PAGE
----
BEIJING -- For most "Game of Thrones" fans around the world, to quote the show, their watch has ended. But in China, the divisive series finale hasn't been made available.
A hour before the show was due to stream Monday morning in Beijing, as it aired simultaneously throughout much of the rest of the world, HBO's content partner in China wrote on its Weibo account: "Dear users, we are sorry to inform you that because a media transmission problem the sixth episode of the eighth season of 'Game of Thrones' cannot be uploaded, we will notify you of the broadcast time."
In China, the truth is opaque and full of euphemisms.
Westeros may have survived an invasion of White Walkers, but HBO's worldwide hit may have fallen victim to the current trade war between the U.S. and China.
An unnamed HBO spokesperson told The Wall Street Journal that China restricted Tencent from airing "Game of Thrones" due to the trade dispute, telling the news outlet HBO "didn't experience any trouble with the program's transmission."
Han Chaowei, a spokesman for Tencent, told ABC News that the company has no further comment on the issue and that any update will come from their official social media accounts.
Since the weekend, there has been growing Chinese media chatter about a Xian Mei Ling or "Limit/Boycott America Order" coming into effect in the wake of the failed trade talks, with "Game of Thrones" appearing to be just the latest example.
China previously had an unofficial "Boycott Korea Order" when South Korea deployed a U.S. missile system in 2016. No major K-pop stars, massively popular in China, have been able to perform in Mainland China since then.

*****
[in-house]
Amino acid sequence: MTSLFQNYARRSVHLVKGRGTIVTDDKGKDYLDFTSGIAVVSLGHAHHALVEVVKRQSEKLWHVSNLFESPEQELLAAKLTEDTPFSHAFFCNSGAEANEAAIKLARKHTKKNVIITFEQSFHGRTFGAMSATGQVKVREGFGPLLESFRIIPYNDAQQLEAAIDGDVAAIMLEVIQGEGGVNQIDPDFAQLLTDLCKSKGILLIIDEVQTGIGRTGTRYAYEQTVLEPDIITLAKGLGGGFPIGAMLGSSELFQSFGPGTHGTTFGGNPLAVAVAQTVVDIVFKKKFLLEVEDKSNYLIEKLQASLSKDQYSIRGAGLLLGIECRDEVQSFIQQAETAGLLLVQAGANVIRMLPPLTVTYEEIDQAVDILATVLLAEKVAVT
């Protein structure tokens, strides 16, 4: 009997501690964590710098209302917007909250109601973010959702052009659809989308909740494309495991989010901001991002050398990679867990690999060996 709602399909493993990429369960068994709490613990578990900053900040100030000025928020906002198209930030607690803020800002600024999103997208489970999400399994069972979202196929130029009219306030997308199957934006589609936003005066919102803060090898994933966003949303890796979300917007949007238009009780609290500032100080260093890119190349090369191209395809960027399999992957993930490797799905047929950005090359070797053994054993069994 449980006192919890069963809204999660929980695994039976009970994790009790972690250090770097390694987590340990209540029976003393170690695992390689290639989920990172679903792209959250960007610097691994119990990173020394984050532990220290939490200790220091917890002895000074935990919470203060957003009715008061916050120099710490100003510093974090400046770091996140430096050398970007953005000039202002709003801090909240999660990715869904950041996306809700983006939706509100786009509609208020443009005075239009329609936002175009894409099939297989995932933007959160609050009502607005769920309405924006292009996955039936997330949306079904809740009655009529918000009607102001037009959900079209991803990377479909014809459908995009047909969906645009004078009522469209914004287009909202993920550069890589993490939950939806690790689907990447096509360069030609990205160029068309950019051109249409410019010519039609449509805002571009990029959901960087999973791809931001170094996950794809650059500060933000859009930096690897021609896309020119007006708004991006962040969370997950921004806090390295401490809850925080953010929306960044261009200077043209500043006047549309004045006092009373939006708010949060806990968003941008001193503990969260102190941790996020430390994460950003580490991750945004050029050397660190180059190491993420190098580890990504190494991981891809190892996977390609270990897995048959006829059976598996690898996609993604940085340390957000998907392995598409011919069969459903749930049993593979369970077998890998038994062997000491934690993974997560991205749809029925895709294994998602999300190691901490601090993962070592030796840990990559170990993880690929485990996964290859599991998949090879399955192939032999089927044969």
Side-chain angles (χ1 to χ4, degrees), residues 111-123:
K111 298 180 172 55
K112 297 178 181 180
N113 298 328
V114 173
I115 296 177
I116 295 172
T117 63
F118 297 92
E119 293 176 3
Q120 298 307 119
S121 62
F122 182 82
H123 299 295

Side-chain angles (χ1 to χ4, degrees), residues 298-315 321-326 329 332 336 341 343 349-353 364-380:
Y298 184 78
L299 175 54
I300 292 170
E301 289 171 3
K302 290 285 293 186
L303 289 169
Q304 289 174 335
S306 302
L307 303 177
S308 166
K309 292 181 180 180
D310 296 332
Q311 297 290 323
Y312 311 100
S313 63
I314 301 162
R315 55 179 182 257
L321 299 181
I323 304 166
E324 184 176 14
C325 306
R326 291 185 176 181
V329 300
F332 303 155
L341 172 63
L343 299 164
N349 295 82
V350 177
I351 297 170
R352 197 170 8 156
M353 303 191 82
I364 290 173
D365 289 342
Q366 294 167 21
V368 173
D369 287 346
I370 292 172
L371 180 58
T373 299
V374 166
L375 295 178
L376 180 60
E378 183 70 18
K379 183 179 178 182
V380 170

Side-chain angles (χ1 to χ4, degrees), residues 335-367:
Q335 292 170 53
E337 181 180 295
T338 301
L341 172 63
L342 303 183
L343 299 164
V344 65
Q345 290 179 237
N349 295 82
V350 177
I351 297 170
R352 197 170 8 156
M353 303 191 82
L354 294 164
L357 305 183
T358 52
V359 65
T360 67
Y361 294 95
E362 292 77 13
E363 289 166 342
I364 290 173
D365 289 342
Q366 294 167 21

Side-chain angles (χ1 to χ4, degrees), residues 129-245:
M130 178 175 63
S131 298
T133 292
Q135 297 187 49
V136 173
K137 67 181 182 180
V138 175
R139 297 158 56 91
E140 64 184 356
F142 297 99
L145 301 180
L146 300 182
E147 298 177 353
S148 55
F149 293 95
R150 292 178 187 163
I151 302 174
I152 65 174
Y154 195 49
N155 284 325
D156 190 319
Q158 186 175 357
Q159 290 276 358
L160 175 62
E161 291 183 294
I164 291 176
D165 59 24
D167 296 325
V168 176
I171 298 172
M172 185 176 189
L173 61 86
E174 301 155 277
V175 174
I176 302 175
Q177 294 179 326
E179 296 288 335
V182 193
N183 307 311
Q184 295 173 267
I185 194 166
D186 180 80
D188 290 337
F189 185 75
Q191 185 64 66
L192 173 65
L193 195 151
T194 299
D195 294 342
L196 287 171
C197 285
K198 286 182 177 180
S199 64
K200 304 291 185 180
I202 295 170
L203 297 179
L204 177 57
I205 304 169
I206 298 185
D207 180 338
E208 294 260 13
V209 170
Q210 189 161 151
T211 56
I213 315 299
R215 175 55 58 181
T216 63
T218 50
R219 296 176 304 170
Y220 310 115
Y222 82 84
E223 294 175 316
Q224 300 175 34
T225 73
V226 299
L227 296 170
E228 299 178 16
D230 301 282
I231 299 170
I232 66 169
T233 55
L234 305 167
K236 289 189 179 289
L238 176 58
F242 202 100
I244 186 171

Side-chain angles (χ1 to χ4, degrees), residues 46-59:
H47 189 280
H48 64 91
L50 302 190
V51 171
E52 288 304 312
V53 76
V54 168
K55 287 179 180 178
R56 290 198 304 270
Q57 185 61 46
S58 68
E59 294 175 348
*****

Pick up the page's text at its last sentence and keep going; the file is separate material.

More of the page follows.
Online media outlets in China are questioning whether this is the American version of what happened to South Korea's K-pop stars, as official Chinese propaganda has begun turning up nationalist rhetorical heat after President Donald Trump's most recent tariff increase.
Entgroup, which tracks Chinese box office receipts, reported that "Avengers: Endgame," released by ABC News' parent company The Walt Disney Co., has been denied a routine theatrical extension despite being a record-breaking hit in China, earning more than $611 million in less a month.
A China Film Distribution Company employee who would only give his surname, Chen, confirmed to ABC News that no extension will be given to the highest-grossing American film in Chinese box office history and that no reason has been given.
Films are usually given a 30-day release window in China and extended based on performances. The three previous "Avengers" films all were given extensions.
In 2018, prior to the trade war, "Infinity War" was extended for three months. "Endgame," which already has earned almost twice as much at the box office as the entire run of "Infinity War," was within striking distance of "Wandering Earth," the highest-grossing movie released this year in China. "Endgame" is scheduled to be pulled from Chinese theaters after Friday.
Other Chinese productions with American connections also have been affected.
A heavily promoted Chinese drama called "Over the Sea, I Come to You" or "Taking My Dad Along to Study Abroad," about a father who tags along with his son when he attends college in America, was due to premiere over the weekend on Zhejiang Satellite TV, one of the most popular channels in China. It was suddenly pulled and replaced without notice.
An employee at Zhejiang Satellite TV's programming department, who would only be identified by his surname, Zhang, told ABC News his company received an order over the weekend from China's Radio and Television Administration in Beijing to pull the show -- no reason was given.
Despite this, a source inside the Chinese Propaganda bureau denied the existence of a "Limit America Order" to ABC News and said that environment has not yet deteriorated to that extent.
Although some fans of the show in China found and shared pirated clips, as of early Wednesday, a 30-second preview still sat as a placeholder for the "Game of Thrones" series finale on Tencent's website.
ABC News' Cao Jun and Beimeng Fu contributed to this report.